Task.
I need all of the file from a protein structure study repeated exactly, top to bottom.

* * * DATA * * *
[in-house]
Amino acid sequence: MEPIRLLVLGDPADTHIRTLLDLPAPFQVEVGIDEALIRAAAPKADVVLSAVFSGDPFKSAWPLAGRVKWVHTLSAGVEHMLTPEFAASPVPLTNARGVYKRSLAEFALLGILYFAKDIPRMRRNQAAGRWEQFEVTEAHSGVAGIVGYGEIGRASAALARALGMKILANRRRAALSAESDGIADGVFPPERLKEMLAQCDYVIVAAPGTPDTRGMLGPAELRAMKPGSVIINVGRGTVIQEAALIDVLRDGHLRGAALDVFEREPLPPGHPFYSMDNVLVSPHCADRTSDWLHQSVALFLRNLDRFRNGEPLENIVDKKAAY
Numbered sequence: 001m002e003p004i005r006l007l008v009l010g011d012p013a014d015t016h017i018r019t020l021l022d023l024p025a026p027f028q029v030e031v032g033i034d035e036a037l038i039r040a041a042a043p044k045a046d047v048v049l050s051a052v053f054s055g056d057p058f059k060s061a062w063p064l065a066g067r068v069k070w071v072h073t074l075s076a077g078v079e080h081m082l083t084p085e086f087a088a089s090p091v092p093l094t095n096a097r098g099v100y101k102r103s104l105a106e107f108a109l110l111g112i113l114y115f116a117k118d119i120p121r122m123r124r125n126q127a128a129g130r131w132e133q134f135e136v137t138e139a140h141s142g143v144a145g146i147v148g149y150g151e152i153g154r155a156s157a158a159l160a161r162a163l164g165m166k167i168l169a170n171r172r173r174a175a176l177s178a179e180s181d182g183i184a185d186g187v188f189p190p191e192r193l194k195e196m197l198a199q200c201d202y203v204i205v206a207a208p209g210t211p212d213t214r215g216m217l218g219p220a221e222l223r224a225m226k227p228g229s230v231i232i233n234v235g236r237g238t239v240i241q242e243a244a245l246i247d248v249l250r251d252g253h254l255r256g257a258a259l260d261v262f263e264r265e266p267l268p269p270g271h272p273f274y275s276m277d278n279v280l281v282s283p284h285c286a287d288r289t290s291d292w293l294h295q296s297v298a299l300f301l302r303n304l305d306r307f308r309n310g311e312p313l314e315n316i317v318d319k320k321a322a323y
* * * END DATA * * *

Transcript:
[in-house]
Amino acid sequence: MEPIRLLVLGDPADTHIRTLLDLPAPFQVEVGIDEALIRAAAPKADVVLSAVFSGDPFKSAWPLAGRVKWVHTLSAGVEHMLTPEFAASPVPLTNARGVYKRSLAEFALLGILYFAKDIPRMRRNQAAGRWEQFEVTEAHSGVAGIVGYGEIGRASAALARALGMKILANRRRAALSAESDGIADGVFPPERLKEMLAQCDYVIVAAPGTPDTRGMLGPAELRAMKPGSVIINVGRGTVIQEAALIDVLRDGHLRGAALDVFEREPLPPGHPFYSMDNVLVSPHCADRTSDWLHQSVALFLRNLDRFRNGEPLENIVDKKAAY
Numbered sequence: 001m002e003p004i005r006l007l008v009l010g011d012p013a014d015t016h017i018r019t020l021l022d023l024p025a026p027f028q029v030e031v032g033i034d035e036a037l038i039r040a041a042a043p044k045a046d047v048v049l050s051a052v053f054s055g056d057p058f059k060s061a062w063p064l065a066g067r068v069k070w071v072h073t074l075s076a077g078v079e080h081m082l083t084p085e086f087a088a089s090p091v092p093l094t095n096a097r098g099v100y101k102r103s104l105a106e107f108a109l110l111g112i113l114y115f116a117k118d119i120p121r122m123r124r125n126q127a128a129g130r131w132e133q134f135e136v137t138e139a140h141s142g143v144a145g146i147v148g149y150g151e152i153g154r155a156s157a158a159l160a161r162a163l164g165m166k167i168l169a170n171r172r173r174a175a176l177s178a179e180s181d182g183i184a185d186g187v188f189p190p191e192r193l194k195e196m197l198a199q200c201d202y203v204i205v206a207a208p209g210t211p212d213t214r215g216m217l218g219p220a221e222l223r224a225m226k227p228g229s230v231i232i233n234v235g236r237g238t239v240i241q242e243a244a245l246i247d248v249l250r251d252g253h254l255r256g257a258a259l260d261v262f263e264r265e266p267l268p269p270g271h272p273f274y275s276m277d278n279v280l281v282s283p284h285c286a287d288r289t290s291d292w293l294h295q296s297v298a299l300f301l302r303n304l305d306r307f308r309n310g311e312p313l314e315n316i317v318d319k320k321a322a323y